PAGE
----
Wednesday, September 26, 2012

Night Visitors

No, Mr. Ghostie.
Unless your name happens to be Casper,
you most certainly cannot keep me!

Picture this:

You're lying in your comfy bed at night contemplating something or other, half asleep, when suddenly the mattress shifts underneath you as if someone's weight had just settled beside you, but you KNOW that you're the only one there...

Or are you?

Ghosts or spirits aren't bound to darkness, they don't just come out at night. In fact, they can show themselves whenever they want. The thing is that people who are not as sensitive to their presence as a medium would be, mostly experience them at night. Especially when they're in that semi-conscious state between sleeping and awake. It's then, in that transition between sleep and wakefulness, when our cold brains begin to warm up or vice versa, that we become more receptive to everything around us and often notice things that we normally wouldn't.

When they have enough energy in them, spirits try to communicate with the living. Most choose the passive-aggressive method and just jump into our dreams and manifest themselves as a series of signs or symbols with which they convey their message. Others are less preoccupied about preserving our mental health and go about things in a more direct manner, like Bruce Willis' character at the end of the Sixth Sense when he talks to his wife while she's asleep.

The problem is that a few of them tend to exaggerate or get frustrated when they receive no obvious reaction or acknowledgment of their attempts. That's when the real fun starts. Beds shake, covers come off, a grab here or there and coldness ensues.

What can one do in such a situation?
Personally, I've recurred to the “shut your eyes and hope it goes away quickly” approach. Thankfully, it has worked out well thus far.

Here's a little diagram to help you out before you go to sleep tonight:

Thursday, September 13, 2012

Evil Clowns


'Cause I can't look at a sewer without seeing his clown face!
[Not Johnny's - duh - read on...]

OK, so an evil clown isn't really any kind of supernatural entity... or is it?

Let us explore...

What makes a clown? What are they, if not ordinary [not so well adjusted] human beings dressed up for the amusement of children and their families?

Red noses, painted faces, rainbow colored hairdos and psychotic smiles.

If all of that wasn't enough, add the fact that they go around having laughs at your expense [and what weird, shrilly sound their laughter is].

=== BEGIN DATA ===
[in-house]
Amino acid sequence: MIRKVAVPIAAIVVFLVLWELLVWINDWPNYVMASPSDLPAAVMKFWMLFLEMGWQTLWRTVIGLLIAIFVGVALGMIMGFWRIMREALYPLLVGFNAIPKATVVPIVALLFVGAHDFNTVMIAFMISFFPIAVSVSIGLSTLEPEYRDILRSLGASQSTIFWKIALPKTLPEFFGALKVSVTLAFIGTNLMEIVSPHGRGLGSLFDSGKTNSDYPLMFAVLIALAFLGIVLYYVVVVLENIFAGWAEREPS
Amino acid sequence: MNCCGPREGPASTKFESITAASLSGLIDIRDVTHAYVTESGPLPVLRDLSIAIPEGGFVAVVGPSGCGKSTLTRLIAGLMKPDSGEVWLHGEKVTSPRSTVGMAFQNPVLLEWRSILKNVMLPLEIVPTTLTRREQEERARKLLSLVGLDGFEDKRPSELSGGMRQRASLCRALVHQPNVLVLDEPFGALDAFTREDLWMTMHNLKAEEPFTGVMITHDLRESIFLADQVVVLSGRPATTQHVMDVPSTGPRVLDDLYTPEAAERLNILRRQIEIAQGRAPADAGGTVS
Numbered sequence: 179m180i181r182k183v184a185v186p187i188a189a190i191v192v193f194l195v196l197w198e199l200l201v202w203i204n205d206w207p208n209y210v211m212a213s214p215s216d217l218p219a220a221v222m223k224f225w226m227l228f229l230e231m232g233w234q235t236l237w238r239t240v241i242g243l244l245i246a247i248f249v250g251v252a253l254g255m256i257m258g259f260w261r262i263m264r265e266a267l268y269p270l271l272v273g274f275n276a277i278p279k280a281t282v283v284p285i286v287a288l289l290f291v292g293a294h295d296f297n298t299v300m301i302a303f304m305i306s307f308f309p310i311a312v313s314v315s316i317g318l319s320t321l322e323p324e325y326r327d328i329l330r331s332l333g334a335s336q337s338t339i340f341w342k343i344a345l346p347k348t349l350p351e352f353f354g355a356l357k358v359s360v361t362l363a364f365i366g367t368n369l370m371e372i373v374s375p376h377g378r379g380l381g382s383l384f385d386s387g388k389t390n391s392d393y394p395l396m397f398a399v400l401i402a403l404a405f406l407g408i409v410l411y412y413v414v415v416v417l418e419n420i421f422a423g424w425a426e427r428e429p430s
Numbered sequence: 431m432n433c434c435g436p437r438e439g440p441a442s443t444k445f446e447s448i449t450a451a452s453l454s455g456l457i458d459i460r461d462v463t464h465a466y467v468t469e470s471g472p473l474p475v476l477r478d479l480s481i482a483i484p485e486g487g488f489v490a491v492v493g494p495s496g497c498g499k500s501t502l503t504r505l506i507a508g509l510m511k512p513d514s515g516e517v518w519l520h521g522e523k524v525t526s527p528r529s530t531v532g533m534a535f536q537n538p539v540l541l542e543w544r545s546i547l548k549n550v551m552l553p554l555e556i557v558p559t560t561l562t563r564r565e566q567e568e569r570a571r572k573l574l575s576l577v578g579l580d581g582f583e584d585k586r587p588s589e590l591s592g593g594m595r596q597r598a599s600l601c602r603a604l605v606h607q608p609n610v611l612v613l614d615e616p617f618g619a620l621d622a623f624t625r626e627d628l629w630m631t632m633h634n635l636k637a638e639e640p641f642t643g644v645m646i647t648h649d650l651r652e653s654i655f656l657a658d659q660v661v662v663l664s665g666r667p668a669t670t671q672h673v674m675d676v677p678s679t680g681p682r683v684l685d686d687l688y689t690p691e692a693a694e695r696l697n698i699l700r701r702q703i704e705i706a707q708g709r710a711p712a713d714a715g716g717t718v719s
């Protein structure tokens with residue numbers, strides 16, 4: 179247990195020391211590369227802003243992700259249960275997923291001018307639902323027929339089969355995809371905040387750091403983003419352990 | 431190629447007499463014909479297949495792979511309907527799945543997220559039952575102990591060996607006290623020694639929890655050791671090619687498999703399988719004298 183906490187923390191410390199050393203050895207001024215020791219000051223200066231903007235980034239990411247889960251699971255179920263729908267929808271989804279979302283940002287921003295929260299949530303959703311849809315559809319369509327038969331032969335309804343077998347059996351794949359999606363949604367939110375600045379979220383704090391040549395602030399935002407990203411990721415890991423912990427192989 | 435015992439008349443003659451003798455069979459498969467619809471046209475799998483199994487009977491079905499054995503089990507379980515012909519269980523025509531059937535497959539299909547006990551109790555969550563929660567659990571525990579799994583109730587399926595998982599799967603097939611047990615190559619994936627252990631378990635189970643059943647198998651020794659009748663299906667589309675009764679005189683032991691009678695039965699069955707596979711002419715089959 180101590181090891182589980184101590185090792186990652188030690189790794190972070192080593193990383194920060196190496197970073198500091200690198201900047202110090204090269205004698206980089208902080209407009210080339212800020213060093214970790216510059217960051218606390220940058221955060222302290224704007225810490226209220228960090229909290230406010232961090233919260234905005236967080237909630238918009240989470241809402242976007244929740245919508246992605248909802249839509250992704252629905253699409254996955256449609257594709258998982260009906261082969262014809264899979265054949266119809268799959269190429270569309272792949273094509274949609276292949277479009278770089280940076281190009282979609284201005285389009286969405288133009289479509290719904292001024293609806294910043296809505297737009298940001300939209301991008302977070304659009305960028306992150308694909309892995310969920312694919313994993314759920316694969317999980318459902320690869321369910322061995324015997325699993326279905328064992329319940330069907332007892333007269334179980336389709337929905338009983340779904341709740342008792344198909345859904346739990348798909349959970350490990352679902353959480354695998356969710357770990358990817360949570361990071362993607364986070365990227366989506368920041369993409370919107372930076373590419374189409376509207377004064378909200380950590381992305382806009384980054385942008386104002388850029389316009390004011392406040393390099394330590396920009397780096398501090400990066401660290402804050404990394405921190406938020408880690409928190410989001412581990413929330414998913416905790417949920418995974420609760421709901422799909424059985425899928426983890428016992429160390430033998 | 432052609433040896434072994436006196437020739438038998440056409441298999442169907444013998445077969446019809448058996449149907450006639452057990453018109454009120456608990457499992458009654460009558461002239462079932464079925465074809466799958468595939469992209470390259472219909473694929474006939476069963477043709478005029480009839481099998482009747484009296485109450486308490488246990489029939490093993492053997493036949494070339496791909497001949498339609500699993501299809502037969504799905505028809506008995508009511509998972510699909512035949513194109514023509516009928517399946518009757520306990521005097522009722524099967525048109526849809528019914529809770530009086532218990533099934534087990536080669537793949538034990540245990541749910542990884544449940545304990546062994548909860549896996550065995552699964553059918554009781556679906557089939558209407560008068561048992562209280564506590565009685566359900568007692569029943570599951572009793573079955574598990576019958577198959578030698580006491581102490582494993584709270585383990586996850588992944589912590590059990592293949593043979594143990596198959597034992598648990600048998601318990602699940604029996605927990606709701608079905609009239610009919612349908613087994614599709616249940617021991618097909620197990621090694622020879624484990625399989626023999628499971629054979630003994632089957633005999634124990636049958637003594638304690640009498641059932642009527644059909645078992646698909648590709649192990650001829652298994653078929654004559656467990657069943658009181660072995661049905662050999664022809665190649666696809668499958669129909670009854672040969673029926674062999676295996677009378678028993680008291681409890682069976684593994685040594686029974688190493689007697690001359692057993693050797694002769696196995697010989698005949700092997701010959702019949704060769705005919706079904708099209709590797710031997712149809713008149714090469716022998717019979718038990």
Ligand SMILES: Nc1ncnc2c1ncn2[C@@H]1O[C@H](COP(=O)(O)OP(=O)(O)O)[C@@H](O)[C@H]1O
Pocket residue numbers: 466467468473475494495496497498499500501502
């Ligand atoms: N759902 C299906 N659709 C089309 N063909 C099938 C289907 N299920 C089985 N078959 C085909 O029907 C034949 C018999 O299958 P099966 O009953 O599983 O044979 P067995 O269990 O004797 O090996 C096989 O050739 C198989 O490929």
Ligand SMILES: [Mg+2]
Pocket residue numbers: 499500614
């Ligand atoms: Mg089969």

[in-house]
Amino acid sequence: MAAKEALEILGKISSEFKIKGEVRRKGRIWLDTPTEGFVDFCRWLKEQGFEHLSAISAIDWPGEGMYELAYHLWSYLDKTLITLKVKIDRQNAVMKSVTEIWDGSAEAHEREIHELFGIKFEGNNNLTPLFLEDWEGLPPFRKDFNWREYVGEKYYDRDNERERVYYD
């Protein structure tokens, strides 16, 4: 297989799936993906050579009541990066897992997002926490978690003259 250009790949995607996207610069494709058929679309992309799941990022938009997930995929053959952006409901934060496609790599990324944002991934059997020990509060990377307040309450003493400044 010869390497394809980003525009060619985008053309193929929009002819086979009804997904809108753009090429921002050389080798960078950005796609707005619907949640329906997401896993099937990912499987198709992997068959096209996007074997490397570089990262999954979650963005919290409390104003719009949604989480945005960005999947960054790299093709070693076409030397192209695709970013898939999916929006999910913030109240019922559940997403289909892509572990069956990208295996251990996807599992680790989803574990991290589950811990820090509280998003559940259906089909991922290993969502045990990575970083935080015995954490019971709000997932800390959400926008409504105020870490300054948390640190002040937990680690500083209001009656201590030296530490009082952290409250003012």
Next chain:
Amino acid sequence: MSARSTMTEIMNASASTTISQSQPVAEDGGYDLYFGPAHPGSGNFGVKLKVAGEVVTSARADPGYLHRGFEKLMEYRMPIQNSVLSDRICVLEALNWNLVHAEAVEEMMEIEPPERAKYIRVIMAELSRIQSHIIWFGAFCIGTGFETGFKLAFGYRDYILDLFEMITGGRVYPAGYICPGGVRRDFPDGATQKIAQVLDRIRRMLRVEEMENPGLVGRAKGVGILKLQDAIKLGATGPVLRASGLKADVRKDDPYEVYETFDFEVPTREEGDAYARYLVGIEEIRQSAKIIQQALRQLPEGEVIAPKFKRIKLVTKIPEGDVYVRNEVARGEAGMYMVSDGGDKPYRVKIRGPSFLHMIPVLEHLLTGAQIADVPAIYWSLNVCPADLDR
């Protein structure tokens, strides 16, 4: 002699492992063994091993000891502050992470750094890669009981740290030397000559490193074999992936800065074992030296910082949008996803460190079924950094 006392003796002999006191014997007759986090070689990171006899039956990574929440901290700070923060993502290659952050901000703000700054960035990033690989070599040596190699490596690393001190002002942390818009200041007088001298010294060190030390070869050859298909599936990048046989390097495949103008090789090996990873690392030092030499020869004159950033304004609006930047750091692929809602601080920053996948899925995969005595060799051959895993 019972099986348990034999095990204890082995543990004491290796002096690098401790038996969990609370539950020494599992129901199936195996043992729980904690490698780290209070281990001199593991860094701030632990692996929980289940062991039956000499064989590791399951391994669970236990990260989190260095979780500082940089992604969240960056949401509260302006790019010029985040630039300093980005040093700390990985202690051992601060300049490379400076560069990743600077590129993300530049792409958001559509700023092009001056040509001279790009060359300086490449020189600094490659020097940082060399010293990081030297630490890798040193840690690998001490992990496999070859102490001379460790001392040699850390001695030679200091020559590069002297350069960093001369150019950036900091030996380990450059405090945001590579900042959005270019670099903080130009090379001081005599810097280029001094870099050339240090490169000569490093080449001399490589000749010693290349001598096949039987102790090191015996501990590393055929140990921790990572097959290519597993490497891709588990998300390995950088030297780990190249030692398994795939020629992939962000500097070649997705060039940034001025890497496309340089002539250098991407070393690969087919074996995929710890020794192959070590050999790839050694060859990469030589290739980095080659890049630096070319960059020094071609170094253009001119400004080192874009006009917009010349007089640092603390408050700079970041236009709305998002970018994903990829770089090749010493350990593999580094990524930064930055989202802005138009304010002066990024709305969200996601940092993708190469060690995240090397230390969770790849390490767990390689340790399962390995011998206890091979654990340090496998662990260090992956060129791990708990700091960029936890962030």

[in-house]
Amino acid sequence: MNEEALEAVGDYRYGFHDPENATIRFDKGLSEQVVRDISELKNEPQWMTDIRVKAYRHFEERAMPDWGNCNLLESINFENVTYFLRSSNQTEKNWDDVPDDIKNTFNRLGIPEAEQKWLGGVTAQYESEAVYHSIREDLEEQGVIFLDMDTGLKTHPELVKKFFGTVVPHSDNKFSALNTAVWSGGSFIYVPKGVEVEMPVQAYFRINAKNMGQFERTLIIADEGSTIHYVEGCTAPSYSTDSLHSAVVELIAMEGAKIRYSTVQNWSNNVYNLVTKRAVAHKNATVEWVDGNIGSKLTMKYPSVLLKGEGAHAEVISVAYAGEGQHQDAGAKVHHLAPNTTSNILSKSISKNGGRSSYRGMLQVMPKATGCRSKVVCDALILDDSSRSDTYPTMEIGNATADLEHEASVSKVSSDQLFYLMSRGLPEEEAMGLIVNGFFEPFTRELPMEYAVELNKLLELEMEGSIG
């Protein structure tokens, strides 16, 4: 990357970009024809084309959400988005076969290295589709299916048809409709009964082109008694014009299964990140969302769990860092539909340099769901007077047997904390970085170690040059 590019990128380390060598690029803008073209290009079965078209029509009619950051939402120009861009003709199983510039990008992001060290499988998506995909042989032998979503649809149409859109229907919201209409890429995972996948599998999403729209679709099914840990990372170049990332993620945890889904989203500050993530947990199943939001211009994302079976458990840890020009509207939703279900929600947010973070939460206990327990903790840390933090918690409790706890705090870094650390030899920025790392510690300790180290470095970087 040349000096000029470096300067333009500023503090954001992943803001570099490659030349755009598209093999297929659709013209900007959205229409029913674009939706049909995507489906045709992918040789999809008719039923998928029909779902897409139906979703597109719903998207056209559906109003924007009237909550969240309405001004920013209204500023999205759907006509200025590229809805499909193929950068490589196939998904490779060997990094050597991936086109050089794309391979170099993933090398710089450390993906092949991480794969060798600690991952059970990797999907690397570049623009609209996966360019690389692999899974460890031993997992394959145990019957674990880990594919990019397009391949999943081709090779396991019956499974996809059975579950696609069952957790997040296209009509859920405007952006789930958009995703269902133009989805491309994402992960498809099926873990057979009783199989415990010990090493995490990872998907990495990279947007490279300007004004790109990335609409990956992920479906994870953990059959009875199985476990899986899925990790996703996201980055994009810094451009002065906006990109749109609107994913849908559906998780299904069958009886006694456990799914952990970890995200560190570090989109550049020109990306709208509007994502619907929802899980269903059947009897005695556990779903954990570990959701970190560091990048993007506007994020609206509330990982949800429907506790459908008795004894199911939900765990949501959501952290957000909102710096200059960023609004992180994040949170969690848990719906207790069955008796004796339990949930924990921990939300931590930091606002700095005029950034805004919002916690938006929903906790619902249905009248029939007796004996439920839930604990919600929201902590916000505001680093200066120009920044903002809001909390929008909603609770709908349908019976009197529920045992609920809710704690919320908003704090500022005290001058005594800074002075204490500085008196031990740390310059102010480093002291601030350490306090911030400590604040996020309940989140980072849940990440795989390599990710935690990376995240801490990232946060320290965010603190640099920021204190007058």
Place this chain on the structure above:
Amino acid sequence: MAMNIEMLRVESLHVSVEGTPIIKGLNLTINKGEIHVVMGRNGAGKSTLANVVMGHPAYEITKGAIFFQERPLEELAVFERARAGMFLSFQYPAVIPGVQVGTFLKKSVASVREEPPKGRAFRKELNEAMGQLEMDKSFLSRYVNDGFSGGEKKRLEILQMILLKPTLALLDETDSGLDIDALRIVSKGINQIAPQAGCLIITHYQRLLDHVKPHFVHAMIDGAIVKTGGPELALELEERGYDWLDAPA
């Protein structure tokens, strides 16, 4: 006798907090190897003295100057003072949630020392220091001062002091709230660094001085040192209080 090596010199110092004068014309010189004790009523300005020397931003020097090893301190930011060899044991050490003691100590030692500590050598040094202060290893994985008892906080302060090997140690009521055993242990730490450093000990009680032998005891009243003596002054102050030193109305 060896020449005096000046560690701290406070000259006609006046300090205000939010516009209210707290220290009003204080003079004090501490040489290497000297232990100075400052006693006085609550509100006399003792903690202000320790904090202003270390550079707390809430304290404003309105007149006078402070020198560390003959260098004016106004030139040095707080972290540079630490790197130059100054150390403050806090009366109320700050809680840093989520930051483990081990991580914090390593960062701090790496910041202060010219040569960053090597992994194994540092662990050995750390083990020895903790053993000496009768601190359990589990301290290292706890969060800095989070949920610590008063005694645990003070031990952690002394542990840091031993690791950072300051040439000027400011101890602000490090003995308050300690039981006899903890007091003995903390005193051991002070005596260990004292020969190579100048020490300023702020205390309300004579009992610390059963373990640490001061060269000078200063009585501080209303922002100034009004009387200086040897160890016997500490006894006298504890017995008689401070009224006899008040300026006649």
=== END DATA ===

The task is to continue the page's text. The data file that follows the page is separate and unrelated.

Pop culture is brimming with freaky looking clowns provoking all kinds of anxious reactions in children as well as adults.

Fear of Clowns is not that new [Coulrophobia, is the official term]. I guess it always had to be present, although the name wasn't formally acknowledged until the eighties and it doesn't really show up in texts on its own.

Wiki says that, "... clowns are universally disliked by children. Some found the clown images to be quite frightening and unknowable", and I couldn't agree more.

Most of us shed these uncertainties behind our fears as we grow into adulthood, but there are those that carry a remnant of it ways into their grown-up lives.

Who can blame them?

Harlequins, I can tolerate, but clowns... there's just something about them.

In The Simpsons episode, "Lisa's First Word", Homer tries to build a bed for Bart after he outgrows his crib, and makes him one with the giant face of a clown as a headboard. The not so fun bed triggers insomnia in Bart, who keeps repeating "can't sleep, clown will eat me". The phrase became an Internet meme and has inspired the Alice Cooper song, "Can't Sleep, Clowns Will Eat Me".
Scary? Yes.
Supernatural? Not exactly there yet.

Movies then? You must already guess where this is going.

Let's have a looksie at our old friend Pennywise. [You know, the pirate toothed monster clown from the movie adaptation of Stephen King's infamous "It" novel].

The nameless being exploits the fears and phobias of its victims in order to disguise itself while hunting its prey. "It" primarily appears in the form of a clown [looking a LOT like poor Bozo] in order to attract its preferred prey, young children.

[So it's not an actual clown, but since it chooses to
assume the exterior form and appearance of one,
I'm making it fit into this category.]

Clowns are supposed to be funny, friendly characters that liven parties and amaze in circuses. Even though we may be instinctively afraid of them, of the unknown person behind their painted mask, our brains always try to make sense of things by letting us know that, "it's okay, they're harmless".

But, then a movie like It or Poltergeist comes out and we're back to square one, right back to where we started, scared little kids waiting for our mommies to come and take us away from the scary looking dude in the Rainbow Brite costume.